From RUSSIAN FAIRY TALES, collected by Aleksandr Afanas’ev
Translated by Norbert Guterman (1973) Random House
There was once a wealthy merchant named Marka, and never was anyone so stingy as he! One day he went for a walk, and on his way he saw an old beggar asking for alms.
“For Christ’s sake, pious men, give me something!”
Marka the Wealthy passed him by, but a poor peasant coming behind him felt pity for the beggar and gave him a kopek. Marka felt ashamed, stopped and said to the peasant, “Please lend me a kopek. I want to give something to the beggar, but I have no small coins.”
The peasant gave him a kopek and asked, “When shall I come to collect my loan?”
The next day the poor man went to the rich man for his kopek. He entered the broad courtyard. “Is Marka the Wealthy at home?”
“He is. What do you want?” asked Marka.
“I have come for my kopek.”
“Ah brother, come some other time. I have no small coins now.”
The poor man bowed and said, “I will come tomorrow.”
The following day he came again and was told, “I have no small coins. Can you change a hundred rubles? Then I’ll give you your kopek. If not, come in two weeks.”
Two weeks later the poor man went again to the rich man. When Marka the Wealthy saw him through the window, he said to his wife, “Listen, I will take off all my clothes and lie beneath the icons. You cover me with a shroud and groan and weep and mourn as if I were dead. When that peasant comes for his kopek, tell him I died today.”
His wife did just that. She sat down before his shrouded body and wept burning tears. The poor man came in. He said softly, “I have come to collect my loan.”
“Ah little peasant, Marka the Wealthy wished you a long life. He has just died!”
“May he go to heaven. Permit me, hostess, to do something for him for my kopek—at least I can wash his sinful body.” He quickly got a kettle of boiling water and poured it over Marka the Wealthy. Marka could barely stand it. He gritted his teeth and jerked his feet. The poor man said, “I don’t care how much you jerk. Give me back my kopek!” He washed the body and prepared it for burial. “Now, hostess, buy a coffin and have it taken to the church. I will read the Psalter over him.”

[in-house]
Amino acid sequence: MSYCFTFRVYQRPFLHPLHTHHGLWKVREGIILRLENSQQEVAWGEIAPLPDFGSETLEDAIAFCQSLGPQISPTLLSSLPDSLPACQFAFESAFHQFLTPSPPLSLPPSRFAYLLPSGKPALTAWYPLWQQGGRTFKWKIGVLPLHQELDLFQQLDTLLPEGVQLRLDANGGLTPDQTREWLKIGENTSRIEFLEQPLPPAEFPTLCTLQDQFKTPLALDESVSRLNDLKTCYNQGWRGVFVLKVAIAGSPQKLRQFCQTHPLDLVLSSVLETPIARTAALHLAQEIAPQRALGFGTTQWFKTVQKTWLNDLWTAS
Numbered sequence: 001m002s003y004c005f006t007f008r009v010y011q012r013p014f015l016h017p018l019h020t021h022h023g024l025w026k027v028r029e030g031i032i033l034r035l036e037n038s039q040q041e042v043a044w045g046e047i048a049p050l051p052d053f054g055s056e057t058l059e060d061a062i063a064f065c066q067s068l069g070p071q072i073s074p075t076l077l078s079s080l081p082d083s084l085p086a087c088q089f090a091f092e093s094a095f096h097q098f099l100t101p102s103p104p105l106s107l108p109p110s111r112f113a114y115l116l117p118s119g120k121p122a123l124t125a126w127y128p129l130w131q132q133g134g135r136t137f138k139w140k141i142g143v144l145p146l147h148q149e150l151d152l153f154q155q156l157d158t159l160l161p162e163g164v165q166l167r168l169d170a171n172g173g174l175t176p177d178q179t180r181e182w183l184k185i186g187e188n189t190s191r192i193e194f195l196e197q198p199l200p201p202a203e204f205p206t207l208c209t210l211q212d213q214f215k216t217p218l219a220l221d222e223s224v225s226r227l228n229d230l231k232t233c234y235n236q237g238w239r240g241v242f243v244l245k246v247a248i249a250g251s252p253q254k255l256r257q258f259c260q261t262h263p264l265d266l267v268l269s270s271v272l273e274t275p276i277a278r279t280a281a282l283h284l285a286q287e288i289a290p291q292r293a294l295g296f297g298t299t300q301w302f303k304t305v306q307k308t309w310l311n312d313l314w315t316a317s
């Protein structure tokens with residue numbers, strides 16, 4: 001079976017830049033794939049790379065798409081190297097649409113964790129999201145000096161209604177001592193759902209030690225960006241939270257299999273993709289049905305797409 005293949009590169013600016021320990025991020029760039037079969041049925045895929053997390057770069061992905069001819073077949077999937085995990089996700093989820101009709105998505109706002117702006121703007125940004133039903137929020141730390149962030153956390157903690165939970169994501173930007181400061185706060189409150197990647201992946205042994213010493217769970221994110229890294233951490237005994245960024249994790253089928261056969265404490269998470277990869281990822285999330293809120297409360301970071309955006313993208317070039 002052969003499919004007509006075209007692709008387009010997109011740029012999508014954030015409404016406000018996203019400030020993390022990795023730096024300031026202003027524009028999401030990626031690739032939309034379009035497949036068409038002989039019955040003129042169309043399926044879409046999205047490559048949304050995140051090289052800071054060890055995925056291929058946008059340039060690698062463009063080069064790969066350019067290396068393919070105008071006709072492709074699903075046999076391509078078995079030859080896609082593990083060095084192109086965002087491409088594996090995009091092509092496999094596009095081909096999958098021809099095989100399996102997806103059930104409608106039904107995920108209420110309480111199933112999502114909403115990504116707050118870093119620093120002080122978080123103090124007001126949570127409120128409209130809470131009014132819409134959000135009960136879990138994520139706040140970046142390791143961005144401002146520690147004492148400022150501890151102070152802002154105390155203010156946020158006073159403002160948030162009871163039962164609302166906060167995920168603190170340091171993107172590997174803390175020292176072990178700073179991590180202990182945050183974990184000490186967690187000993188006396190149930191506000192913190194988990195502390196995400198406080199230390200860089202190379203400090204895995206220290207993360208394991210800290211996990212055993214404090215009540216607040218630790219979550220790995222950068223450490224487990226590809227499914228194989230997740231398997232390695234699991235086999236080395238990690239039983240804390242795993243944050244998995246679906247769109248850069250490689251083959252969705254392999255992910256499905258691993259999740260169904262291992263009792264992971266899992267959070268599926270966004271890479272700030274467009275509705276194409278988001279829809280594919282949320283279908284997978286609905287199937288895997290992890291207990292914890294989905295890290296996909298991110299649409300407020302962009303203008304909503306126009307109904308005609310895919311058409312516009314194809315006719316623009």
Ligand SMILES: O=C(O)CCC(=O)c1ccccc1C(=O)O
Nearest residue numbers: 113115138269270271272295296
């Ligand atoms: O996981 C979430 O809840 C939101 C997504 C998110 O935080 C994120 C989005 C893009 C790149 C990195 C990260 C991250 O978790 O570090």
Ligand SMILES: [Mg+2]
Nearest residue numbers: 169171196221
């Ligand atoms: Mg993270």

Marka the Wealthy was put in a coffin and taken to the church, and the peasant began to read the Psalter over him. Dark of night came.
Suddenly a window opened and thieves broke into the church. The peasant saw them hauling in their booty, and he hid behind the altar. They divided up everything right before the coffin. Only a golden saber remained, and each one of them wanted it and refused to yield it to the others. In the middle of their squabble the peasant jumped out from the altar and cried, “Why do you quarrel? Whoever cuts off the dead man’s head shall have the saber!”
This frightened Marka the Wealthy, and he jumped out of his coffin. The thieves dropped their money, scrambled away through the window and ran off in the night.
“Now, little peasant,” said Marka, “let us share the money.” They shared it evenly and they both got quite a bit.
“And how about my kopek?” said the poor man.
“Well, brother, you can see for yourself I have no small coins!” And so Marka the Wealthy never returned the kopek.